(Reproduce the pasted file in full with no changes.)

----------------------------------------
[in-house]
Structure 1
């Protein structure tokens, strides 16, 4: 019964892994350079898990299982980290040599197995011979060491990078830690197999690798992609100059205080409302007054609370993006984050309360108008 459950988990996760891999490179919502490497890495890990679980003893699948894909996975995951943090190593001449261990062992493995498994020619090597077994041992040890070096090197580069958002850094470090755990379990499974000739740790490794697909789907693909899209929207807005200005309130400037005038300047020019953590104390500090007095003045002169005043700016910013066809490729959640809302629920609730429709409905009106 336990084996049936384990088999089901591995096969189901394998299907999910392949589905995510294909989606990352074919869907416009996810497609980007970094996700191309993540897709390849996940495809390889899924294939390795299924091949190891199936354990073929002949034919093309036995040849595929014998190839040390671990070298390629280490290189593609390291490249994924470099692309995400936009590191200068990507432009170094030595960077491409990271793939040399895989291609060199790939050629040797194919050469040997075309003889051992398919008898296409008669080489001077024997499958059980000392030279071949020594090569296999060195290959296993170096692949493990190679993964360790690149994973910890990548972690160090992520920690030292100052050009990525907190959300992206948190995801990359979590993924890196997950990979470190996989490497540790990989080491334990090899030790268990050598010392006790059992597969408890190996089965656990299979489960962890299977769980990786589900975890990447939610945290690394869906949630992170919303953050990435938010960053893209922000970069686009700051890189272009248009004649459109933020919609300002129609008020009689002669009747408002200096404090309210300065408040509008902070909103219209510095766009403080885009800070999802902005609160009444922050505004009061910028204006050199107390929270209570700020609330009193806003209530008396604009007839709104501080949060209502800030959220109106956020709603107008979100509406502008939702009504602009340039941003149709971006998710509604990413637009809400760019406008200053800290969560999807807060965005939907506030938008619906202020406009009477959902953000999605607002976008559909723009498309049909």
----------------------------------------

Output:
[in-house]
Structure 1
């Protein structure tokens, strides 16, 4: 019964892994350079898990299982980290040599197995011979060491990078830690197999690798992609100059205080409302007054609370993006984050309360108008 459950988990996760891999490179919502490497890495890990679980003893699948894909996975995951943090190593001449261990062992493995498994020619090597077994041992040890070096090197580069958002850094470090755990379990499974000739740790490794697909789907693909899209929207807005200005309130400037005038300047020019953590104390500090007095003045002169005043700016910013066809490729959640809302629920609730429709409905009106 336990084996049936384990088999089901591995096969189901394998299907999910392949589905995510294909989606990352074919869907416009996810497609980007970094996700191309993540897709390849996940495809390889899924294939390795299924091949190891199936354990073929002949034919093309036995040849595929014998190839040390671990070298390629280490290189593609390291490249994924470099692309995400936009590191200068990507432009170094030595960077491409990271793939040399895989291609060199790939050629040797194919050469040997075309003889051992398919008898296409008669080489001077024997499958059980000392030279071949020594090569296999060195290959296993170096692949493990190679993964360790690149994973910890990548972690160090992520920690030292100052050009990525907190959300992206948190995801990359979590993924890196997950990979470190996989490497540790990989080491334990090899030790268990050598010392006790059992597969408890190996089965656990299979489960962890299977769980990786589900975890990447939610945290690394869906949630992170919303953050990435938010960053893209922000970069686009700051890189272009248009004649459109933020919609300002129609008020009689002669009747408002200096404090309210300065408040509008902070909103219209510095766009403080885009800070999802902005609160009444922050505004009061910028204006050199107390929270209570700020609330009193806003209530008396604009007839709104501080949060209502800030959220109106956020709603107008979100509406502008939702009504602009340039941003149709971006998710509604990413637009809400760019406008200053800290969560999807807060965005939907506030938008619906202020406009009477959902953000999605607002976008559909723009498309049909």